World War I Medal of Honor Recipient, Gary Foster served as a Sergeant in the United States Army in Company F, 118th Infantry, 30th Division. He was awarded the Medal of Honor for action on October 8, 1918 near Montrehain, France. 
When his company was held up by violent machine-gun fire from a sunken road, St. Foster with an officer went forward to attack the hostile machine-gun nests. The office was wounded, but Sgt. Foster continued on alone in the face of the heavy fire and by effective use of hand grenades and his pistol killed several of the enemy and captured 18.
Spartanburg County has four Medal of Honor Recipients, Sergeant Gary Evans. Foster being the first. 
Max Trout, 82, a World War II veteran and nephew of Gary Evans Foster, said his uncle was also very modest about his medal. Foster was an Army sergeant in France during World War I. His citation credits Foster with capturing enemy soldiers and killing several others.
The citation reads “when his company was held up by violent machine gunfire from a sunken road, Sgt. Foster with an officer went forward to attack the hostile machine gun nests. The officer was wounded, but Sgt. Foster continued on alone in the face of the heavy fire and by effective use of hand grenades and his pistol killed several of the enemy and captured 18.”
Gary married Sussie Trout. After leaving the Army, Gary Foster returned to Spartanburg and worked at the post office. He was the foreman of the mail carriers before retiring for health reasons.
Gary died July 22, 1951 and is buried at New Prospect Baptist Church Cemetery New Prospect, Spartanburg County,South Carolina, USA, Plot: Section 1, Row 15.
Interview with Gary's. Nephew
- “They described him as unassuming,” Trout said. “He was modest and didn't want to be a hero. He felt a little guilty because of others who weren't honored and felt they were just as deserving of it as he was.”
- Trout said his uncle didn't talk much about the war, but they had a few conversations about his courageous act. He said an officer threatened to court-martial his uncle because he didn't want to tell him what he had done to save the lives of his comrades.
- “When the only surviving officer of the company summoned my uncle and asked him what went on that morning, my uncle said, ‘nothing,'” Trout said. “The officer told him that was not what all of the other men were telling him.”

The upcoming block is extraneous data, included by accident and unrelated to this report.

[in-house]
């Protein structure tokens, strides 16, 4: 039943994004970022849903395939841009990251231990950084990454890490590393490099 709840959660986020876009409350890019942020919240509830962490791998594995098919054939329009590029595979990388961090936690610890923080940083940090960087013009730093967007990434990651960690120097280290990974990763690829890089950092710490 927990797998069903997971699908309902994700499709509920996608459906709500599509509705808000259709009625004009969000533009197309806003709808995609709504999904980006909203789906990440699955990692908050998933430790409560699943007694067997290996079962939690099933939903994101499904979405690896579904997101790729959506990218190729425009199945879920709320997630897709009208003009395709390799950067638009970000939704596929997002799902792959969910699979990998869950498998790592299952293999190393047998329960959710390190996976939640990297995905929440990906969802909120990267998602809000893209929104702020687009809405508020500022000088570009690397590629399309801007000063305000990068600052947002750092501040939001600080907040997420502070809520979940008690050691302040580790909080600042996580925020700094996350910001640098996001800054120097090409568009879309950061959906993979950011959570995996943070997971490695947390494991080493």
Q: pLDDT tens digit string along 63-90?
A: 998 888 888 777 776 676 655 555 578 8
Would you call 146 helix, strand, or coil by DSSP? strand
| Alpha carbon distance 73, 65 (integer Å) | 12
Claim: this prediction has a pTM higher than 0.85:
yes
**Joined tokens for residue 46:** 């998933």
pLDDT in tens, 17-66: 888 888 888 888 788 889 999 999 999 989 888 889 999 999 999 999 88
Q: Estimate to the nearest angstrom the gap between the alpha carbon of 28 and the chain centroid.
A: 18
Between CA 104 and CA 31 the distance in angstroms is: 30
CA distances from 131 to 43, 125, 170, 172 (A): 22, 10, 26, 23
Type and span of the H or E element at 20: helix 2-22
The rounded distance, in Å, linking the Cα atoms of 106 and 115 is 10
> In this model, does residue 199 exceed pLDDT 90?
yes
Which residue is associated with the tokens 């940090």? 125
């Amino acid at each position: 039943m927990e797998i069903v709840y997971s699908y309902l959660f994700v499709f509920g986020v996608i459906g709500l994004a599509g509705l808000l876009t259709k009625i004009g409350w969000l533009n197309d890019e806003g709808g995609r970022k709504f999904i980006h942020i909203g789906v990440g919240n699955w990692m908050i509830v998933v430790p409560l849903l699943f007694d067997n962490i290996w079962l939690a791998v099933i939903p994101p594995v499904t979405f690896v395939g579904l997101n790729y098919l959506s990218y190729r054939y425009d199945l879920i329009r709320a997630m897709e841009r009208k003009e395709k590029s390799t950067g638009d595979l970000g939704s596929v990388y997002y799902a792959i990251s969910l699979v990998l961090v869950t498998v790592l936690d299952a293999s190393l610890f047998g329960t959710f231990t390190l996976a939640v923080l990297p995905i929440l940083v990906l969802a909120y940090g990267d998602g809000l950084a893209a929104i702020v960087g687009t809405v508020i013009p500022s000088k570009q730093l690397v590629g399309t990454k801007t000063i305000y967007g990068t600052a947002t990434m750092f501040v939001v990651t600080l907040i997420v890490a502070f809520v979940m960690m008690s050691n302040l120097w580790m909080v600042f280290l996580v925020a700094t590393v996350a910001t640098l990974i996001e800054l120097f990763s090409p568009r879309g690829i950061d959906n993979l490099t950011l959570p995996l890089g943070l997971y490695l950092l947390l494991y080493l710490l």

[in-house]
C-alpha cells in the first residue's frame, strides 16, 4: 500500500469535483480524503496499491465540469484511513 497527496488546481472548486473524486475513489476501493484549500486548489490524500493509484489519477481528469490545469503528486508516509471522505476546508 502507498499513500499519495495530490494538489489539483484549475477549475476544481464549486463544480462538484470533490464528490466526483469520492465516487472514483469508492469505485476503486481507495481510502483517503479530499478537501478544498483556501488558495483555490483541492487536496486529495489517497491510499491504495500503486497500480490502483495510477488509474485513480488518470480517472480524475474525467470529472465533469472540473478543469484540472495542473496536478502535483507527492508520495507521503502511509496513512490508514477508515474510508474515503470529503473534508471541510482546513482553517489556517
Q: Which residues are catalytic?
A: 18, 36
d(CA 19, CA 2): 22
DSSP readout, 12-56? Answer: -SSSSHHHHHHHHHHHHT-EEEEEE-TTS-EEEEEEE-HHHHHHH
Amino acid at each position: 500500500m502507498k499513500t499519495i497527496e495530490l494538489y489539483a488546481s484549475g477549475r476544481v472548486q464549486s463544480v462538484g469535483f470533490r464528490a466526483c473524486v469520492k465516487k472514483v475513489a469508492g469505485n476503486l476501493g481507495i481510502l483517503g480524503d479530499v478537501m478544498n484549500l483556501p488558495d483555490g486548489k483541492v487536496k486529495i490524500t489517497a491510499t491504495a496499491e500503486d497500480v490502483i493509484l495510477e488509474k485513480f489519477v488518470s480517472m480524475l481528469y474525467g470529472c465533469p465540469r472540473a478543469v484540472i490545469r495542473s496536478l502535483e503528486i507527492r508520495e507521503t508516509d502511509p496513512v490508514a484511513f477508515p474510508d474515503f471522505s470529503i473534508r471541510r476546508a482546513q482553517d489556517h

- The officer recommended Foster for the medal after hearing the story from the others. Trout thinks it is humorous that his uncle almost received a court-martial because he didn't want to talk about what had happened.
- “My uncle didn't think much of it,” Trout said. “He didn't think it was so brave.”
- Trout said that when he was a child, he used to play with some of his uncle's war medals. Foster received other awards in addition to the Medal of Honor, including the Medaille Militaire from France. Some of his medals are on display at the Spartanburg Regional History Museum in an exhibit honoring local veterans.
- Trout said when he was getting ready to serve in World War II, his uncle wanted him to be smart, so he wouldn't get killed. That's when his uncle finally talked to him about some of his war experiences.
- “He (Foster) was out on patrol in ‘no man's land' and heard an artillery shell and hit the ground,” Trout said. “He said the artillery fell not too far from him and the next one got even closer. He realized a spotter was directing artillery toward them. He said they jumped up, ran and got in the hole the previous shell had made. The next shell hit exactly where they had been.”
- “My uncle humbly declined the accolades,” Trout said. “He said he was doing his duty.”
The Médaille militaire (English: Military Medal) is a military decoration of the French Republic first established in 1852 by Emperor Napoleon III for award to privates and non-commissioned officers who distinguished themselves by acts of bravery in action against an enemy force. 
- ↑ Military Times Citations.
- ↑ Home of Heroes, Gary Evans Foster.
- ↑ American Legion Post 28 Walk of Honor.
- ↑ Joint Grave Marker (image posted).
- ↑ Find A. Grave Memorial.
- ↑ Spartanburg's Medal of Honor Recipents News Article.
- ↑ Wikipedia: Medaille Militaire.
- Find A Grave Gary Evans Foster, memorial # 7808512
- United States Census, 1900, database with images, FamilySearch accessed 27 January 2017), Gary E Foster in household of William J Foster, Campobello Township (north part) Landrum town, Spartanburg, South Carolina, United States; citing enumeration district (ED) 83, sheet 23B, family 415, NARA microfilm publication T623 (Washington, D.C.: National Archives and Records Administration, 1972.); FHL microfilm 1,241,541.
- "United States Census, 1910," database with images, FamilySearch (https://familysearch.org/ark:/61903/1:1:M5DV-HN1 : accessed 28 January 2017), Gary E Foster in household of Wm J Foster, Campobello, Spartanburg, South Carolina, United States; citing enumeration district (ED) ED 74, sheet 35B, family 538, NARA microfilm publication T624 (Washington D.C.: National Archives and Records Administration, 1982), roll 1472; FHL microfilm 1,375,485.